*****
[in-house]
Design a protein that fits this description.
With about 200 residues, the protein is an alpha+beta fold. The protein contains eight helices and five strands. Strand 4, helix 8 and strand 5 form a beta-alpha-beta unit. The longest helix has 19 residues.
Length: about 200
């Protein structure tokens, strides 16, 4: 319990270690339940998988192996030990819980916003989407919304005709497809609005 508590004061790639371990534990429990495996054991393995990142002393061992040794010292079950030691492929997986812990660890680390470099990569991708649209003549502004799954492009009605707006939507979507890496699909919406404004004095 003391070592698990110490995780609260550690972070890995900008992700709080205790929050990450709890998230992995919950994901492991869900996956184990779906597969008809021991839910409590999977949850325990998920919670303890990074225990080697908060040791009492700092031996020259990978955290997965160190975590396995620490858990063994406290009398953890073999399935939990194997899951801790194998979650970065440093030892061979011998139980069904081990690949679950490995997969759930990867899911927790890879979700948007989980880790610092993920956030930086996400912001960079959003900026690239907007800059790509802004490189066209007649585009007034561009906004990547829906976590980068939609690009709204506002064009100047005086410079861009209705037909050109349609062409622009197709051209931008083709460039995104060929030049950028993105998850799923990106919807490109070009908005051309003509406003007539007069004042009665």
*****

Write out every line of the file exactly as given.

[in-house]
Design a protein that fits this description.
With about 200 residues, the protein is an alpha+beta fold. The protein contains eight helices and five strands. Strand 4, helix 8 and strand 5 form a beta-alpha-beta unit. The longest helix has 19 residues.
Length: about 200
């Protein structure tokens, strides 16, 4: 319990270690339940998988192996030990819980916003989407919304005709497809609005 508590004061790639371990534990429990495996054991393995990142002393061992040794010292079950030691492929997986812990660890680390470099990569991708649209003549502004799954492009009605707006939507979507890496699909919406404004004095 003391070592698990110490995780609260550690972070890995900008992700709080205790929050990450709890998230992995919950994901492991869900996956184990779906597969008809021991839910409590999977949850325990998920919670303890990074225990080697908060040791009492700092031996020259990978955290997965160190975590396995620490858990063994406290009398953890073999399935939990194997899951801790194998979650970065440093030892061979011998139980069904081990690949679950490995997969759930990867899911927790890879979700948007989980880790610092993920956030930086996400912001960079959003900026690239907007800059790509802004490189066209007649585009007034561009906004990547829906976590980068939609690009709204506002064009100047005086410079861009209705037909050109349609062409622009197709051209931008083709460039995104060929030049950028993105998850799923990106919807490109070009908005051309003509406003007539007069004042009665």